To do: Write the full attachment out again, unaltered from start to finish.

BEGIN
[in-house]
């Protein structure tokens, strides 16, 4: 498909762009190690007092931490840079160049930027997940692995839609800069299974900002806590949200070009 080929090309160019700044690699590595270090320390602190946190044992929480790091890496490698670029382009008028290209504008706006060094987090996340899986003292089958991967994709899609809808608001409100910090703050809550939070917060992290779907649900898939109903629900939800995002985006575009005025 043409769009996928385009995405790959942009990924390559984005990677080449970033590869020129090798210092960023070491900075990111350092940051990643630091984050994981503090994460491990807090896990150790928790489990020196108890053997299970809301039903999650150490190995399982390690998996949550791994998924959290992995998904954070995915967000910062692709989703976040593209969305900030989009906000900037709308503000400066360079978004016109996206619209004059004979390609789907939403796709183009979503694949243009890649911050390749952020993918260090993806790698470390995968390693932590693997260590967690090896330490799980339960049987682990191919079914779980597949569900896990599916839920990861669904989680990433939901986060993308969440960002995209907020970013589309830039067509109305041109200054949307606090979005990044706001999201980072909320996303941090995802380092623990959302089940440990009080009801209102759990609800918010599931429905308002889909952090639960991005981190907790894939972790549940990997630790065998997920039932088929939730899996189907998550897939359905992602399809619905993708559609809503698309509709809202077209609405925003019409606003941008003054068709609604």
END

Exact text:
[in-house]
């Protein structure tokens, strides 16, 4: 498909762009190690007092931490840079160049930027997940692995839609800069299974900002806590949200070009 080929090309160019700044690699590595270090320390602190946190044992929480790091890496490698670029382009008028290209504008706006060094987090996340899986003292089958991967994709899609809808608001409100910090703050809550939070917060992290779907649900898939109903629900939800995002985006575009005025 043409769009996928385009995405790959942009990924390559984005990677080449970033590869020129090798210092960023070491900075990111350092940051990643630091984050994981503090994460491990807090896990150790928790489990020196108890053997299970809301039903999650150490190995399982390690998996949550791994998924959290992995998904954070995915967000910062692709989703976040593209969305900030989009906000900037709308503000400066360079978004016109996206619209004059004979390609789907939403796709183009979503694949243009890649911050390749952020993918260090993806790698470390995968390693932590693997260590967690090896330490799980339960049987682990191919079914779980597949569900896990599916839920990861669904989680990433939901986060993308969440960002995209907020970013589309830039067509109305041109200054949307606090979005990044706001999201980072909320996303941090995802380092623990959302089940440990009080009801209102759990609800918010599931429905308002889909952090639960991005981190907790894939972790549940990997630790065998997920039932088929939730899996189907998550897939359905992602399809619905993708559609809503698309509709809202077209609405925003019409606003941008003054068709609604």